Economists are urging Vietnam to diversify its trading partners as an over-reliance on the Chinese market may prove problematic as territorial tensions continue rise.
A dispute over portions of the East (or South China) Sea has threatened the future economic relationship between the neighboring countries, said Nguyen Duc Thanh, director of the Vietnam Center for Economic and Policy Research (VEPR) at the Vietnam National University in Hanoi.
Economic growth is likely to tumble to 4.15-4.88 percent this year from last year's modest 5.42 percent due to Vietnam's deteriorating relationship with China, he said during a presentation of VEPR’s Vietnam Annual Report 2014: “The Constraints to Growth” on Thursday.
Meanwhile, Inflation in 2014 is predicted to fall from its 2013 level and remain stable at between 4.76 percent and 5.51 percent.
Without the territorial conflict, Vietnam could see GDP growth of 5.4-5.5 percent this year, he said. “The incident’s impacts may stretch late into this year, or next year.”
Given the low prices of Chinese manufacturing equipment and raw materials, they remain the preferred choice of many local producers, he said. Local enterprises should expand their import markets as well as their material and equipment capacities to maintain production without relying on China.
“Vietnam should identify strategic partners like Japan, Korea, Australia, India and ASEAN to build up long-term cooperation and decrease dependence on China,” Thanh said.
Thanh said Vietnam is also overly-dependent on China as an export destination and the country’s earnings from shipments of agricultural products like rice, fruits and rubber will be affected.
However, Vietnam, a small-scale economy, could find other partners to reduce the export dependence on China, he said.
“Facing tensions with China, Vietnam needs to commit to changing its economic model, development path and ideology in governing its economy. The economic slowdown has offered a number of reasons to call for radical reforms and reduce dependence on China,” the VEPR report said.
Some took a more nuanced approach to recent developments.
Standing on the sidelines of the conference, Vo Tri Thanh, vice head of the Central Institute for Economic Management, said Vietnam should not ignore the Chinese market. Instead, the country should determine to manage the risks and capitalize on opportunities afforded by bilateral cooperation.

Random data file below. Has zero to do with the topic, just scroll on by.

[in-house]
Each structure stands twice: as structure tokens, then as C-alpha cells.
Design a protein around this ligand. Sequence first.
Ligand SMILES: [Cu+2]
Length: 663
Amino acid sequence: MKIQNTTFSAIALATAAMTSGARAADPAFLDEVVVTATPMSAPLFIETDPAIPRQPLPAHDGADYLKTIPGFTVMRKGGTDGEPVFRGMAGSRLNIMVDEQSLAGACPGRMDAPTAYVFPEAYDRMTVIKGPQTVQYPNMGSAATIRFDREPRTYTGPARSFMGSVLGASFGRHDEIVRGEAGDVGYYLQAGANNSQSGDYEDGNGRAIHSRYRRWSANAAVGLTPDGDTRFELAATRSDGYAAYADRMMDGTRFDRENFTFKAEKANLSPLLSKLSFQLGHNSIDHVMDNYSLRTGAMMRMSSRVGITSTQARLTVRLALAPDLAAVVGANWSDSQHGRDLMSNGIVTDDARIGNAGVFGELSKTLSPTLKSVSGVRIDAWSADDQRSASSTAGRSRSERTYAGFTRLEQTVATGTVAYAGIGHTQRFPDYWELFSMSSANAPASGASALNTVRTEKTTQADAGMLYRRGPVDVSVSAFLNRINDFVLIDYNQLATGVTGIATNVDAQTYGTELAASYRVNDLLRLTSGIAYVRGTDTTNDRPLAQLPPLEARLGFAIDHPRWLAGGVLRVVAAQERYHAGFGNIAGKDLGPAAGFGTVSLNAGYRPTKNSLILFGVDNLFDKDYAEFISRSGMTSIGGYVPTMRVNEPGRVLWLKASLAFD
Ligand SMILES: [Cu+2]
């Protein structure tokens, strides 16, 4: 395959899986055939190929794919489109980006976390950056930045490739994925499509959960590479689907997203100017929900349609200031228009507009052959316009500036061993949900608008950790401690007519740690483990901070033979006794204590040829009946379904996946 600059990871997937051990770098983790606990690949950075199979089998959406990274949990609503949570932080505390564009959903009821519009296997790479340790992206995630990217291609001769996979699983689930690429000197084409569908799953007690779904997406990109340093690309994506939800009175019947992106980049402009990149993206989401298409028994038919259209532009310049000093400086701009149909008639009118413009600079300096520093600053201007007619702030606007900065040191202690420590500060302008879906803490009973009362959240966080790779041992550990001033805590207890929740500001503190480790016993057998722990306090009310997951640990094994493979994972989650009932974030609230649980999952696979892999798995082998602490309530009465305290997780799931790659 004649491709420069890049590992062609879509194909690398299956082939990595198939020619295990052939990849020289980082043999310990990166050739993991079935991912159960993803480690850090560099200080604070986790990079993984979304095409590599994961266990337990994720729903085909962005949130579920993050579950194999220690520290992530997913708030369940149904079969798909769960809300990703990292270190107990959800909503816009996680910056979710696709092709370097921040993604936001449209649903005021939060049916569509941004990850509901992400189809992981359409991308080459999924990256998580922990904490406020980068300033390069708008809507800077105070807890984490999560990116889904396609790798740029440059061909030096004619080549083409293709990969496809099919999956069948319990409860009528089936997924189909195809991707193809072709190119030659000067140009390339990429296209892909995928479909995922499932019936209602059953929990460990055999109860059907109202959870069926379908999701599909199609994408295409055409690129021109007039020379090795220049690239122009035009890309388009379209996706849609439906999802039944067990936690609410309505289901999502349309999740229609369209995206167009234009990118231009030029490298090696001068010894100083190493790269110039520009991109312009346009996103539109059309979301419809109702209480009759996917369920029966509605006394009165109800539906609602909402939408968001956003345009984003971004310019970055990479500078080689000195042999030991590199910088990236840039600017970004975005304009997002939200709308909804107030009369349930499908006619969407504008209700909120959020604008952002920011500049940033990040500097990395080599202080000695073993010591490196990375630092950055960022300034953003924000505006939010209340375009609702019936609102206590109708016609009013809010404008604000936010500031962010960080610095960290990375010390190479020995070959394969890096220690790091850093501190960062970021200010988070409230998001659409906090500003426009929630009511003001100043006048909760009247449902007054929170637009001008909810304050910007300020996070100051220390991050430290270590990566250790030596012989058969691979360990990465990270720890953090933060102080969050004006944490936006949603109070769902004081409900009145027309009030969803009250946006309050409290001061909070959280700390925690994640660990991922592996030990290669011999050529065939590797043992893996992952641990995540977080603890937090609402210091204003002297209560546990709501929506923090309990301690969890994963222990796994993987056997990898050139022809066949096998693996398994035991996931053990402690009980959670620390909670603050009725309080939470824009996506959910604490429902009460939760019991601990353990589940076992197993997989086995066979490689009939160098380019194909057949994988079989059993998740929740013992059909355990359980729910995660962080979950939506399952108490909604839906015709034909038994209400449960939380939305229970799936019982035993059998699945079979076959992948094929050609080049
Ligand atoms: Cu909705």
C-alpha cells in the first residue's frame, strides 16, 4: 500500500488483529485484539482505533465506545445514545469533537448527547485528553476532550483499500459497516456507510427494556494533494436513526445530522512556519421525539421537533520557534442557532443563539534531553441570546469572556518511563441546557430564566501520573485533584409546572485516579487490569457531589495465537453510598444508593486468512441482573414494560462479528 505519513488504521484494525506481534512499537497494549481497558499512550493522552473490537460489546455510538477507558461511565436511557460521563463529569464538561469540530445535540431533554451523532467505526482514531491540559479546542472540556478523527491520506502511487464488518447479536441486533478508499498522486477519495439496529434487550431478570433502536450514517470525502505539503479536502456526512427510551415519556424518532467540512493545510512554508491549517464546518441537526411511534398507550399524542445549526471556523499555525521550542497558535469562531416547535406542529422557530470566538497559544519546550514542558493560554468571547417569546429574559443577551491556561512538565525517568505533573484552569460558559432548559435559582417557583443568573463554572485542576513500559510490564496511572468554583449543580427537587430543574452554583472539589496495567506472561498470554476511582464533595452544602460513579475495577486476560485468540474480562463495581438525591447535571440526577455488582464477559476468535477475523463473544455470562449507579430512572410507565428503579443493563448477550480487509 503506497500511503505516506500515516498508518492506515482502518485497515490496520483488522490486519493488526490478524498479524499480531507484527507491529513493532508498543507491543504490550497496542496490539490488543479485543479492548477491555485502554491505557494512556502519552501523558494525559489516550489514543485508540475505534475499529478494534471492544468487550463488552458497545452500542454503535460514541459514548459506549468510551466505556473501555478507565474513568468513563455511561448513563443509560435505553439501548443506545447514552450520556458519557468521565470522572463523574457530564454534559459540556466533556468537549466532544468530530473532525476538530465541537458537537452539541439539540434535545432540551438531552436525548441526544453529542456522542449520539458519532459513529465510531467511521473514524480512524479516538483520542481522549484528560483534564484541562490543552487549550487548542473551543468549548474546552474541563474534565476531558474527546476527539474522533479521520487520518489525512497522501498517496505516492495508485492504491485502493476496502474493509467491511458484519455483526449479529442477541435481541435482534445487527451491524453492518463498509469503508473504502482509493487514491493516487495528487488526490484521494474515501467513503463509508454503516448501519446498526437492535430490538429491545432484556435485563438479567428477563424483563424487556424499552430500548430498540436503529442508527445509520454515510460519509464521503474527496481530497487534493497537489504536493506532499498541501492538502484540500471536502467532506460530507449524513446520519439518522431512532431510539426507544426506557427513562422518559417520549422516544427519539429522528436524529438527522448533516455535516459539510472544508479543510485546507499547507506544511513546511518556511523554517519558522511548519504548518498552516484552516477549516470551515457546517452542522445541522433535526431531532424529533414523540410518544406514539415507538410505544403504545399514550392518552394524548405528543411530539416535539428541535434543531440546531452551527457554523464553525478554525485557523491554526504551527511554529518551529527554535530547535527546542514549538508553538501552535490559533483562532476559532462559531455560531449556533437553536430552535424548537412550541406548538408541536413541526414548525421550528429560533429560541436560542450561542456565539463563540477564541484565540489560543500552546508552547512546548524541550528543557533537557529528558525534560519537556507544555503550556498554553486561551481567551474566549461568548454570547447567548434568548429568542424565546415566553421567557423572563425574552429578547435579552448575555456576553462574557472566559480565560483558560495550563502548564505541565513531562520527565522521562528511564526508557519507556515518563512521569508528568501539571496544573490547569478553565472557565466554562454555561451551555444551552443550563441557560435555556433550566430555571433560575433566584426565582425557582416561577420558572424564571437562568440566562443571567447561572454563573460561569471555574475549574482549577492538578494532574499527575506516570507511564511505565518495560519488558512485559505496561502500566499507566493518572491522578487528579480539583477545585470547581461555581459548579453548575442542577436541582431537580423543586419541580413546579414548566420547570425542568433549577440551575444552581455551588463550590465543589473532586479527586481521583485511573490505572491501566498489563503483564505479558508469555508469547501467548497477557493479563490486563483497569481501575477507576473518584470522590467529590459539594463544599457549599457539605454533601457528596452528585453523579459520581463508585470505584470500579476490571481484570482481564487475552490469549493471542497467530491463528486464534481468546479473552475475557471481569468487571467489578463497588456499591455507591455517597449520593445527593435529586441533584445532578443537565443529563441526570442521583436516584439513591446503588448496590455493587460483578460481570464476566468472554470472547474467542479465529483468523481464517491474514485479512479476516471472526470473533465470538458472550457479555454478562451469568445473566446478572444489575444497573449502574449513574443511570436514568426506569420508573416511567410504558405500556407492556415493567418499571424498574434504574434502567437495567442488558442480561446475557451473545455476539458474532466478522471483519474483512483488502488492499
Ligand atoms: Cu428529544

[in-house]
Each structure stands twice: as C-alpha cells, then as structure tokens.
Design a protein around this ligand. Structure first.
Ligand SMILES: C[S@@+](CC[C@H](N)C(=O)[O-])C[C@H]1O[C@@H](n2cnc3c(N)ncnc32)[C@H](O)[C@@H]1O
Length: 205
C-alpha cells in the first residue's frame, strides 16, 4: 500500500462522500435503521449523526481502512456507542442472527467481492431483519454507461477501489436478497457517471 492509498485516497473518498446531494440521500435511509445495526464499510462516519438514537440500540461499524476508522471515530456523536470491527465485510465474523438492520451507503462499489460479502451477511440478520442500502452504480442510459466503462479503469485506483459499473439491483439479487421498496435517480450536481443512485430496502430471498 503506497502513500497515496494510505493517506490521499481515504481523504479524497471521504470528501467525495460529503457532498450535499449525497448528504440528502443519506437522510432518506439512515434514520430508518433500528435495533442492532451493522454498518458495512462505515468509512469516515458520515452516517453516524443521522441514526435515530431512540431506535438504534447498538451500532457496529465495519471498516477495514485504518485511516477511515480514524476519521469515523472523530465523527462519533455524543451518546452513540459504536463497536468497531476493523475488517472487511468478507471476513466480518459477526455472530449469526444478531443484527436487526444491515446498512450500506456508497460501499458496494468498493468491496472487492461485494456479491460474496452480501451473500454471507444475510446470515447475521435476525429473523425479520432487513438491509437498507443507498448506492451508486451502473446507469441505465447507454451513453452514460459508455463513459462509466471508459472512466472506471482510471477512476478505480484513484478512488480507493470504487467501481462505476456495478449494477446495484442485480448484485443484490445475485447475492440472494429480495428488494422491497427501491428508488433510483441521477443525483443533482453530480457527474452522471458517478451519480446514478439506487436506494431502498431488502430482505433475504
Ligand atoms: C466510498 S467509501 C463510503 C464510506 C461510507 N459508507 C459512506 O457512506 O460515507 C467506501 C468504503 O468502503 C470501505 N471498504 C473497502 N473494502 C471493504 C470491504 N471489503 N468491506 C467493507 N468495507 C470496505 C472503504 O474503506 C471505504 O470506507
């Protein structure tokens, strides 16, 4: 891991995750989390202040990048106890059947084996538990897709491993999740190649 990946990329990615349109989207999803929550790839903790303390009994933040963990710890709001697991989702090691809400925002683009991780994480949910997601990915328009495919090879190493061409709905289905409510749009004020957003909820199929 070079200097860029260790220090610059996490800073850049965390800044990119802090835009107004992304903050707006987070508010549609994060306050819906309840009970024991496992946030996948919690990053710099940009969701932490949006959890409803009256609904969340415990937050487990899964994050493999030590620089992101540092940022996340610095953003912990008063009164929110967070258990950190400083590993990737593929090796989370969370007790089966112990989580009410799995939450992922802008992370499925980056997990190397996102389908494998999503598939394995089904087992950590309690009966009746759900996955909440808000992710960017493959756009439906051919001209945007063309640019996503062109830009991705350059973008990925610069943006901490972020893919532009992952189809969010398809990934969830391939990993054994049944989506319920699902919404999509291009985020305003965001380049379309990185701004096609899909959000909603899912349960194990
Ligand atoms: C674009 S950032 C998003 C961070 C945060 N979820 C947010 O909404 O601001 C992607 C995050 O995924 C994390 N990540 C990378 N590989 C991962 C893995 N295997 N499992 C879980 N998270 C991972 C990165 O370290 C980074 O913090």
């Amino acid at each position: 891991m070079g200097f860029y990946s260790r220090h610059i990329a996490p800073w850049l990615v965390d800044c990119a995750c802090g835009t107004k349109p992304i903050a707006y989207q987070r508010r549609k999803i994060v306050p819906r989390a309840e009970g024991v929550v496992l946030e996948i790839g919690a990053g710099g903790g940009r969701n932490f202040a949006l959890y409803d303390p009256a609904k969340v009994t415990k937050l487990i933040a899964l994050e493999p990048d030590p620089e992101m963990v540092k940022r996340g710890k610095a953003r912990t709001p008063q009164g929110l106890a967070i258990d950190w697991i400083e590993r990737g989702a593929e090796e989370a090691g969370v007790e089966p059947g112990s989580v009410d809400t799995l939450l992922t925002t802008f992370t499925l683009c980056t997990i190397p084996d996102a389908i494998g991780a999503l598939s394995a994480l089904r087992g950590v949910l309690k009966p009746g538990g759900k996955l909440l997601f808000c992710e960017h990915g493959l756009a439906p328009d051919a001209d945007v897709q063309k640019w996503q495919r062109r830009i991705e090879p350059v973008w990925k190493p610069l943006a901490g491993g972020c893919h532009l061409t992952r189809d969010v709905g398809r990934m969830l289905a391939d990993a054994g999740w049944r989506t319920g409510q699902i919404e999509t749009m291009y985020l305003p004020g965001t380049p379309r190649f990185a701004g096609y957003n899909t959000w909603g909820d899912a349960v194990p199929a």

On the plus side, the current dispute with China may be a great motivator for Vietnamese enterprises to accelerate their restructuring to reduce an unhealthy dependence on the market, he said.
Echoing him, economist Le Dang Doanh said Vietnam now faces both opportunities and challenges in its relations with China. In the short term, Vietnam may face big losses if China uses economic tools to exert political pressure.
However, the challenge may present a good opportunity for the country to strongly restructure its economy, he added.
The economy has righted itself since the inflation shock of 2011 and the economic downturn of 2012. The stable macro environment is boosting economic activity, albeit slowly, along with structural adjustments, according to the VEPR report
However, the root of the recovery, and Vietnam's basic productive capacity remains shaky as many domestic firms have proven weak and have yet to find a market for their goods.
The country's much bemoaned dearth of skilled and high-quality laborers was blamed on a failure of both the low-level and high-level education and training systems.
The report also cited corruption as a critical constraint to growth. Last year's Provincial Competitiveness Index showed that 65.8 percent of foreign investor considers corruption in Vietnam more serious than other surveyed countries.
Poor infrastructure, especially transportation networks, has proven a binding constraint. Poor energy infrastructure was predicted to be a vital constraint in the medium and long-term, it said.
This year's Global Competitiveness Report ranked Vietnam 82nd in infrastructure, compared to the Philippines (96), Indonesia (61), Malaysia (29), Thailand (47), China (48).
VEPR said it is crucial to continue privatizating state-owned enterprises pursuant to the Prime Minister’s directive at the beginning of the year to rapidly restructure the economy.
After a period of tension with China, exchange rates should be adjusted.
“Exchange rate policies should focus not merely on short-term adjustments for the second half of the year (increase by 2-3 percent) but also a stable future in order to promote domestic production,” it said.
DON'T LOWER ECONOMIC GROWTH TARGETS
Vietnam could reach its economic growth target of 5.8 percent this year, as damages caused by riots sparked by China's incursion into Vietnam’s EEZ have been fundamentally resolved and bilateral trade, so far, has remained unaffected, one official said.
The government has not considered adjusting its economic growth target after the incident, chairman of the government’s office Nguyen Van Nen said at a press briefing on Thursday.
However, the riots have affected production and disrupted lives in the provinces of Dong Nai, Binh Duong and Ha Tinh, he said.
The localities have assessed damage at the affected businesses and cut red tape to support firms in pursuing reimbursements and insurance settlements, he said.
Vietnam has committed to preventing further riots, Nen said, and many of those affected have resumed production and are committed to doing long-term business in the country. Nen said the government will continue to take steps to reduce the incident’s impact on the economy and meet Vietnam's economic growth target.
Deputy Minister of Industry and Trade Do Thang Hai said that state management agencies have sought measures to reduce reliance on the Chinese market even though trade along the Vietnam-China border remains normal.